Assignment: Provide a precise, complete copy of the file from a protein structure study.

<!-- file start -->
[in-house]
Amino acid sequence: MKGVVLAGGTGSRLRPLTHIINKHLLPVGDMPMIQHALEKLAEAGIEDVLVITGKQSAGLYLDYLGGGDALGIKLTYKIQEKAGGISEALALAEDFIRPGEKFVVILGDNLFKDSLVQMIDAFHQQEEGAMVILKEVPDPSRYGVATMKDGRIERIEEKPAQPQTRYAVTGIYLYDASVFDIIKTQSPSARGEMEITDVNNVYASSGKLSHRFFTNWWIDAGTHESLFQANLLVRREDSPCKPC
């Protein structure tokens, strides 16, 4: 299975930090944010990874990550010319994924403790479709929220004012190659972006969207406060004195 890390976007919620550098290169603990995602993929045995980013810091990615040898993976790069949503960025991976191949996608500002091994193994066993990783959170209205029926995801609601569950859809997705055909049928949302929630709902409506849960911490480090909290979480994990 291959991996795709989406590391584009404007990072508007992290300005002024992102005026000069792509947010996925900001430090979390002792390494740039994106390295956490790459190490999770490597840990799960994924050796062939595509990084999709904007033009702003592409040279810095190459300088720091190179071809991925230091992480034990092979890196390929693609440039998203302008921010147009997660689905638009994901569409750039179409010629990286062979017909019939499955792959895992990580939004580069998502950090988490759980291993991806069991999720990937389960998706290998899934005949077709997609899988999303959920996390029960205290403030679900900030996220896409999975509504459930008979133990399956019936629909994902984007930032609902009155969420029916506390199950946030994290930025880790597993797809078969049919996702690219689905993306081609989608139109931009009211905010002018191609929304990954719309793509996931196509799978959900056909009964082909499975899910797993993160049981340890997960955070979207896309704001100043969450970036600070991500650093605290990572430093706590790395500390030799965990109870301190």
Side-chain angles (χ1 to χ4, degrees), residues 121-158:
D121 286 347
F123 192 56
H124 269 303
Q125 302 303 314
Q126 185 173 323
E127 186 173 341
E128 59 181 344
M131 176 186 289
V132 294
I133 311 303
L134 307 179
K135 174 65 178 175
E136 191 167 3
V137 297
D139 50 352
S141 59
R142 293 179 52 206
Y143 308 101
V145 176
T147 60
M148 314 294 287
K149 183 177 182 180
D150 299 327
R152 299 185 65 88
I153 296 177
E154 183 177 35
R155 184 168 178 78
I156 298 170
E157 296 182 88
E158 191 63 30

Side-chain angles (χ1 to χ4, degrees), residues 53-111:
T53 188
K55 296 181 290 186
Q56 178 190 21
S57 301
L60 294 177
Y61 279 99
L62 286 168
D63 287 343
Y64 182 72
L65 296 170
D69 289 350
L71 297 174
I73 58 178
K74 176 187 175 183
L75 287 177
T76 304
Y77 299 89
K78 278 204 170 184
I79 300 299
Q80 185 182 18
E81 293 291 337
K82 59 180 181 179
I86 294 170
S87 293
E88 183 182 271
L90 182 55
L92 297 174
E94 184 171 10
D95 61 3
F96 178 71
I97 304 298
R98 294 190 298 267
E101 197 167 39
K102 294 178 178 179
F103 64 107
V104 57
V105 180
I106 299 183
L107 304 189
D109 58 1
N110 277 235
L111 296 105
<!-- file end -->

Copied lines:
[in-house]
Amino acid sequence: MKGVVLAGGTGSRLRPLTHIINKHLLPVGDMPMIQHALEKLAEAGIEDVLVITGKQSAGLYLDYLGGGDALGIKLTYKIQEKAGGISEALALAEDFIRPGEKFVVILGDNLFKDSLVQMIDAFHQQEEGAMVILKEVPDPSRYGVATMKDGRIERIEEKPAQPQTRYAVTGIYLYDASVFDIIKTQSPSARGEMEITDVNNVYASSGKLSHRFFTNWWIDAGTHESLFQANLLVRREDSPCKPC
């Protein structure tokens, strides 16, 4: 299975930090944010990874990550010319994924403790479709929220004012190659972006969207406060004195 890390976007919620550098290169603990995602993929045995980013810091990615040898993976790069949503960025991976191949996608500002091994193994066993990783959170209205029926995801609601569950859809997705055909049928949302929630709902409506849960911490480090909290979480994990 291959991996795709989406590391584009404007990072508007992290300005002024992102005026000069792509947010996925900001430090979390002792390494740039994106390295956490790459190490999770490597840990799960994924050796062939595509990084999709904007033009702003592409040279810095190459300088720091190179071809991925230091992480034990092979890196390929693609440039998203302008921010147009997660689905638009994901569409750039179409010629990286062979017909019939499955792959895992990580939004580069998502950090988490759980291993991806069991999720990937389960998706290998899934005949077709997609899988999303959920996390029960205290403030679900900030996220896409999975509504459930008979133990399956019936629909994902984007930032609902009155969420029916506390199950946030994290930025880790597993797809078969049919996702690219689905993306081609989608139109931009009211905010002018191609929304990954719309793509996931196509799978959900056909009964082909499975899910797993993160049981340890997960955070979207896309704001100043969450970036600070991500650093605290990572430093706590790395500390030799965990109870301190």
Side-chain angles (χ1 to χ4, degrees), residues 121-158:
D121 286 347
F123 192 56
H124 269 303
Q125 302 303 314
Q126 185 173 323
E127 186 173 341
E128 59 181 344
M131 176 186 289
V132 294
I133 311 303
L134 307 179
K135 174 65 178 175
E136 191 167 3
V137 297
D139 50 352
S141 59
R142 293 179 52 206
Y143 308 101
V145 176
T147 60
M148 314 294 287
K149 183 177 182 180
D150 299 327
R152 299 185 65 88
I153 296 177
E154 183 177 35
R155 184 168 178 78
I156 298 170
E157 296 182 88
E158 191 63 30

Side-chain angles (χ1 to χ4, degrees), residues 53-111:
T53 188
K55 296 181 290 186
Q56 178 190 21
S57 301
L60 294 177
Y61 279 99
L62 286 168
D63 287 343
Y64 182 72
L65 296 170
D69 289 350
L71 297 174
I73 58 178
K74 176 187 175 183
L75 287 177
T76 304
Y77 299 89
K78 278 204 170 184
I79 300 299
Q80 185 182 18
E81 293 291 337
K82 59 180 181 179
I86 294 170
S87 293
E88 183 182 271
L90 182 55
L92 297 174
E94 184 171 10
D95 61 3
F96 178 71
I97 304 298
R98 294 190 298 267
E101 197 167 39
K102 294 178 178 179
F103 64 107
V104 57
V105 180
I106 299 183
L107 304 189
D109 58 1
N110 277 235
L111 296 105